answers from Chicago on

I can't beliv anyone would ut up with this as long as you already have. Keep the cat in the basement. Don't blame your son. It's the cats fault. The cas just smells something in your sons room and potties there. Aren't you worried about cat hair in the baby crib. They can choke on it let alone the germs when they wipe themselves on the sheet and bed wrungs, etc. The cats keeps doing it because you've tolerated it so long already. I'de et rid of the cat for the health issues with the children. Kids come first.



answers from Chicago on

Hi, I'm having similiar issues with our calico. We've had her since she was 12 weeks old. We didn't start having bathroom issues since we brought our second baby home last year. In March she started pooping in the nursery then it eventually lead into my oldest daughters bedroom. It got more irritating when she decided to go on my daughters bed. And I just recently caught her peeing on her bed, smelled it and saw the stain. I thought she was getting better. The odd thing is that she still uses her litter box. We believe she is jealous and she was in Nattalie's room as her own room before Nattalie moved out of the nursery into that room. I called Naperville Animal Hospital and talked to Dr. Fisher and she said she thinks 8 yrs. old is too young to be put to sleep and they can work with us she said to see if she had an urinary track infection which we're pretty sure she doesn't and that they know of behavorial specialists that can help and there is a product called "Feel Away" which is a hormone defuser that you put into a room and it makes them calm and happier and my mom looked online about it and everyone had good reviews about it. You can get it online or Petsmart has it for $45. It's not suppost to be harmful for kids either only the cats can smell it. Hope this helps. I'm not sure yet what's going to happen to our cat. She left poop in our room last night and it didn't bother me as much until she did it in our room.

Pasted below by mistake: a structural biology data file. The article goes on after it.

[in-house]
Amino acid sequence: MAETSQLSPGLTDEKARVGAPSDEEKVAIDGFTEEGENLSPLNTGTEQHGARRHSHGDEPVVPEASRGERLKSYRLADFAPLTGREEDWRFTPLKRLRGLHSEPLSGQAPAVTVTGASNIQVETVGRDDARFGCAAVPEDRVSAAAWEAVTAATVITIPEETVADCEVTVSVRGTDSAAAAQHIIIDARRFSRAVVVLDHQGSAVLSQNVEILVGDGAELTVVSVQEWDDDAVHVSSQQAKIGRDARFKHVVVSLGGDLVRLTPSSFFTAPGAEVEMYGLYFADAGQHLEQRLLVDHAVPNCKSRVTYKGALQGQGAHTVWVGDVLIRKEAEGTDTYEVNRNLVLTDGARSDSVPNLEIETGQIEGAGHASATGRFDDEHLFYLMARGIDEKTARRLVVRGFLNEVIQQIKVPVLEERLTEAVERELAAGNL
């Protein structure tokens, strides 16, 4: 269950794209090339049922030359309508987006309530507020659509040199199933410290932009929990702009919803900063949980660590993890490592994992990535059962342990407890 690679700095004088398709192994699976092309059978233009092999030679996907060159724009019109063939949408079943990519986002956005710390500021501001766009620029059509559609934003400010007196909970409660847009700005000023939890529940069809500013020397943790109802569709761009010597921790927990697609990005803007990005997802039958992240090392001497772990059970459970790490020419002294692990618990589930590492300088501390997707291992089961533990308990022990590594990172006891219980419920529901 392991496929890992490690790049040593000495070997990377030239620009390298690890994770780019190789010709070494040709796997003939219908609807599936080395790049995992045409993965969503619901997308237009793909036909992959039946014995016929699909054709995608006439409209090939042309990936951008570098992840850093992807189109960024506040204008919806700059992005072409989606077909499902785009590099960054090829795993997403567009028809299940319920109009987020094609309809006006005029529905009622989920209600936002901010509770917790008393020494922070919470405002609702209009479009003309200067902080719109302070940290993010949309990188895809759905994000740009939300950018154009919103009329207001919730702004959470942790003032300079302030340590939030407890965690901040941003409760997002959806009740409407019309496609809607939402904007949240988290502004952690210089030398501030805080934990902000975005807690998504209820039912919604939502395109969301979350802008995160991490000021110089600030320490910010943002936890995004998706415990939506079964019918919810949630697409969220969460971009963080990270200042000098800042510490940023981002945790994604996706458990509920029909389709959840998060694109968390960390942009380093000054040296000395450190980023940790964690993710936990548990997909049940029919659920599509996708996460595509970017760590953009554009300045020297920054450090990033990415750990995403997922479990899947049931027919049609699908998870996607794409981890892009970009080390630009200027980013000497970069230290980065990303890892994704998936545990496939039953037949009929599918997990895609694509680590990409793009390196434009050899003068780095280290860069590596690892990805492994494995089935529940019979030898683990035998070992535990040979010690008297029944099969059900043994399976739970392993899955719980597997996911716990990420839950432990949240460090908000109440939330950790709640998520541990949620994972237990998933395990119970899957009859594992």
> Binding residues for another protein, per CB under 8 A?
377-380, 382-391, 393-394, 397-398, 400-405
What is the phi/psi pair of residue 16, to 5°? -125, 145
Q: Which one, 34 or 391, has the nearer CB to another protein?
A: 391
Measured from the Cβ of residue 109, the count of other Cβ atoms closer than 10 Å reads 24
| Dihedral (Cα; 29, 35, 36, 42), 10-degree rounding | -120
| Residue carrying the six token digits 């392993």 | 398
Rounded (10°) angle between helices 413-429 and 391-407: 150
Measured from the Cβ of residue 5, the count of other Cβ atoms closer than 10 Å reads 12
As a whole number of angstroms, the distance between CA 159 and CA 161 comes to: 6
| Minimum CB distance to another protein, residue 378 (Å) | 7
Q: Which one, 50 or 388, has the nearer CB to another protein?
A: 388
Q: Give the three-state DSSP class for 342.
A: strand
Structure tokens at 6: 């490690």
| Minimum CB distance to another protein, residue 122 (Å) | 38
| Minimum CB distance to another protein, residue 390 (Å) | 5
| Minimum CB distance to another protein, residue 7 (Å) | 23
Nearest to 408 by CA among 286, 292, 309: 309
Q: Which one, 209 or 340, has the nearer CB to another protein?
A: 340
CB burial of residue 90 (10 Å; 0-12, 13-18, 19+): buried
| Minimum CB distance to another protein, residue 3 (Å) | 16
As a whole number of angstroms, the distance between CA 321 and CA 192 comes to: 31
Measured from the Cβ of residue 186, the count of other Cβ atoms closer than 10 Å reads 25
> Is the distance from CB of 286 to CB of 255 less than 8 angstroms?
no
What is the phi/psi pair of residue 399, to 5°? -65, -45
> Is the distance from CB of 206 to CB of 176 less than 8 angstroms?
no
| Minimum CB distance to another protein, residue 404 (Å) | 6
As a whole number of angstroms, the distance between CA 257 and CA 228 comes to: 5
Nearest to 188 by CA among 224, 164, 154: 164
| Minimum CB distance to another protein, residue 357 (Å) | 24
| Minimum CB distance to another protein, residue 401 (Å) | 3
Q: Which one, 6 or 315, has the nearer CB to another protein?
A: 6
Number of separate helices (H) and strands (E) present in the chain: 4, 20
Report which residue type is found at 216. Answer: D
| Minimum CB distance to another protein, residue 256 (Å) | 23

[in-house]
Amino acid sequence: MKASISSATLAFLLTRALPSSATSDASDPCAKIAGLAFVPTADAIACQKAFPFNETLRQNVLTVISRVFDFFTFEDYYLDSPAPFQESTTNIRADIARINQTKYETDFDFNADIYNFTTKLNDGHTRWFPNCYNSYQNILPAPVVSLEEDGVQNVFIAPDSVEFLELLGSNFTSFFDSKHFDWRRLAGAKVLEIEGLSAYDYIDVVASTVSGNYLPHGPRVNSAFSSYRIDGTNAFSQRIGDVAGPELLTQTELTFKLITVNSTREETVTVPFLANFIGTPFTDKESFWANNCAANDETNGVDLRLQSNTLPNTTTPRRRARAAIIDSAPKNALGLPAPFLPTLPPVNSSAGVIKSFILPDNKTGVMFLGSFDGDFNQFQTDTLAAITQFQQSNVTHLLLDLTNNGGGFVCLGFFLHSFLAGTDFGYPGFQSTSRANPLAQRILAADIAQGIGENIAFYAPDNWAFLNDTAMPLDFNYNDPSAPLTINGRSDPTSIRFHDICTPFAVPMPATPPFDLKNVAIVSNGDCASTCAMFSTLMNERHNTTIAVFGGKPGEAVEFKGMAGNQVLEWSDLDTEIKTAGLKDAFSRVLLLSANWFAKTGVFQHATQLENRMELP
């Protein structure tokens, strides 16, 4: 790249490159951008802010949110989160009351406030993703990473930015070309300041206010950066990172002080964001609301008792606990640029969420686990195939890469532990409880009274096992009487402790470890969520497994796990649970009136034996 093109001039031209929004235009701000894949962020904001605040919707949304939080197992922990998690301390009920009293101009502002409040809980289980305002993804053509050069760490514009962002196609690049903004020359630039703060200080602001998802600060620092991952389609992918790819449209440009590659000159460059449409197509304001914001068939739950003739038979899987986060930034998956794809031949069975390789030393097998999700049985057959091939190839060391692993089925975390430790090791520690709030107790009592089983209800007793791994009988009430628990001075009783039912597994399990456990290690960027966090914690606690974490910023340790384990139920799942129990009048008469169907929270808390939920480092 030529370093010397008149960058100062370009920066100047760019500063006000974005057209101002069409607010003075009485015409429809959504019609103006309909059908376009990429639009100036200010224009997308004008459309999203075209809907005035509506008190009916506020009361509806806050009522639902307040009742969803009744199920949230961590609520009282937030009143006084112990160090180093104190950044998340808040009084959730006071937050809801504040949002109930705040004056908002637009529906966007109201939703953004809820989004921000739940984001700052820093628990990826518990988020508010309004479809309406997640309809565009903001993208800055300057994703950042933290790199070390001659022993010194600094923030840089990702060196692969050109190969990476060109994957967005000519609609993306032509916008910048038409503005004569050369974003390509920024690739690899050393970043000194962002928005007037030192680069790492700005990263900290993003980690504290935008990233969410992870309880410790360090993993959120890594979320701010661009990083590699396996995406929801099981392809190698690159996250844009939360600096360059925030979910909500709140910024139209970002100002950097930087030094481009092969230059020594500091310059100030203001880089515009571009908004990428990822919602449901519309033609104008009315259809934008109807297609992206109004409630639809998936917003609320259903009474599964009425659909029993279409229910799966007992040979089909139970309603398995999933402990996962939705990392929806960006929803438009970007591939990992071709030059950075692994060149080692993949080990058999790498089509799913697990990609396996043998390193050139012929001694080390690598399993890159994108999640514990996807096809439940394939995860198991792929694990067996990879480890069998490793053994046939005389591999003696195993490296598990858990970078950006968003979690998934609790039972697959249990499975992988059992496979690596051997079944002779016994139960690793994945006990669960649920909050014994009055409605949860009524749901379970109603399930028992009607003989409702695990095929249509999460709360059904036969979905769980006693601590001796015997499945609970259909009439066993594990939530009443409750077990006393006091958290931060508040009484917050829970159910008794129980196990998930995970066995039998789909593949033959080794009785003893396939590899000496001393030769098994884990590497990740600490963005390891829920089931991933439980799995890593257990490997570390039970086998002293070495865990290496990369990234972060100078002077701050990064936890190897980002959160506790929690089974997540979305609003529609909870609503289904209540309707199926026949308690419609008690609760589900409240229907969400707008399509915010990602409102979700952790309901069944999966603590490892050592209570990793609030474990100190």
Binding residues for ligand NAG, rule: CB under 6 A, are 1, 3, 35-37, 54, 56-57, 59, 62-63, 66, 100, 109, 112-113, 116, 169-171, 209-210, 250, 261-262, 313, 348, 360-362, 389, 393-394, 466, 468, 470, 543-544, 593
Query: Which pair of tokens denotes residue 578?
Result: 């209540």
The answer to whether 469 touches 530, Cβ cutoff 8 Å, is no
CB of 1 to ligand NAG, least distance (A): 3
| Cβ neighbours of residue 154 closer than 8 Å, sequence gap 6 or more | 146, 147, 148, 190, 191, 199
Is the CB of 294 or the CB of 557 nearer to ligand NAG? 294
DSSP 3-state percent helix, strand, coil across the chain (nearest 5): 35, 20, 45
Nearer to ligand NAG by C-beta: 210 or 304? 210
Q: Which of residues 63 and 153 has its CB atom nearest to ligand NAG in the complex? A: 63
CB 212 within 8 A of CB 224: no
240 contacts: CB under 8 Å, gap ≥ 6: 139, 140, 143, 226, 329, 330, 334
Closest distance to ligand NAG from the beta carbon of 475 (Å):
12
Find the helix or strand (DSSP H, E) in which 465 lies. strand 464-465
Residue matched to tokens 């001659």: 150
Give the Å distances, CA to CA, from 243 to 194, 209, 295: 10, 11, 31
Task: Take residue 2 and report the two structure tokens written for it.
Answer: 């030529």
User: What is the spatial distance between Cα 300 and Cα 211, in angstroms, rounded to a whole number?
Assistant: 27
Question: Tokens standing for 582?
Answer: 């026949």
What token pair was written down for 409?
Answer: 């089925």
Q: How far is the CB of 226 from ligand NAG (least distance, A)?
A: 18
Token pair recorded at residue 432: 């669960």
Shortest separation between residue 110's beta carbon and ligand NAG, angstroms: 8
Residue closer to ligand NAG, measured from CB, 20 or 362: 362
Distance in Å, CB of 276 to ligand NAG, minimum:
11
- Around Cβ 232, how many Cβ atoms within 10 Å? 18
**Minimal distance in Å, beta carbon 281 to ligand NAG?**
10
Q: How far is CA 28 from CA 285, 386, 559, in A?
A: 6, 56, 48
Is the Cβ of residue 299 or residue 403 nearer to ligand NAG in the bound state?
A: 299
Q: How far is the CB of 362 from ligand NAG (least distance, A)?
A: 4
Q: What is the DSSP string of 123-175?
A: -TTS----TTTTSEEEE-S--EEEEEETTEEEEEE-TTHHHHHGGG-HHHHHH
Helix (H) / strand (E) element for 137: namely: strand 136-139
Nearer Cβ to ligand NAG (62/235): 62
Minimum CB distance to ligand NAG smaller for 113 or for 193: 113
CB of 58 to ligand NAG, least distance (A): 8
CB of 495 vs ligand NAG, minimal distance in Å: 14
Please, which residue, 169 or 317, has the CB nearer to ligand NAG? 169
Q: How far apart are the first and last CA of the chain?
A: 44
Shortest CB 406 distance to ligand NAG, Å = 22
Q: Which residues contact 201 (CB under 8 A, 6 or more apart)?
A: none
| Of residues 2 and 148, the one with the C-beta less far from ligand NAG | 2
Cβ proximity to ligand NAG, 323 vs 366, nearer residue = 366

answers from Chicago on

What a sad situation. I had the same problem with my 9 year old male cat. He spent two years destroying our floors, and I took him to countless vet appts because there seemed to be nothing to stop him. The vet tried several meds with him, and he was on Buspirone (sp?), an anti-depressant, for awhile which was the only thing that stopped the peeing for awhile. Even so, after a few months, he started again.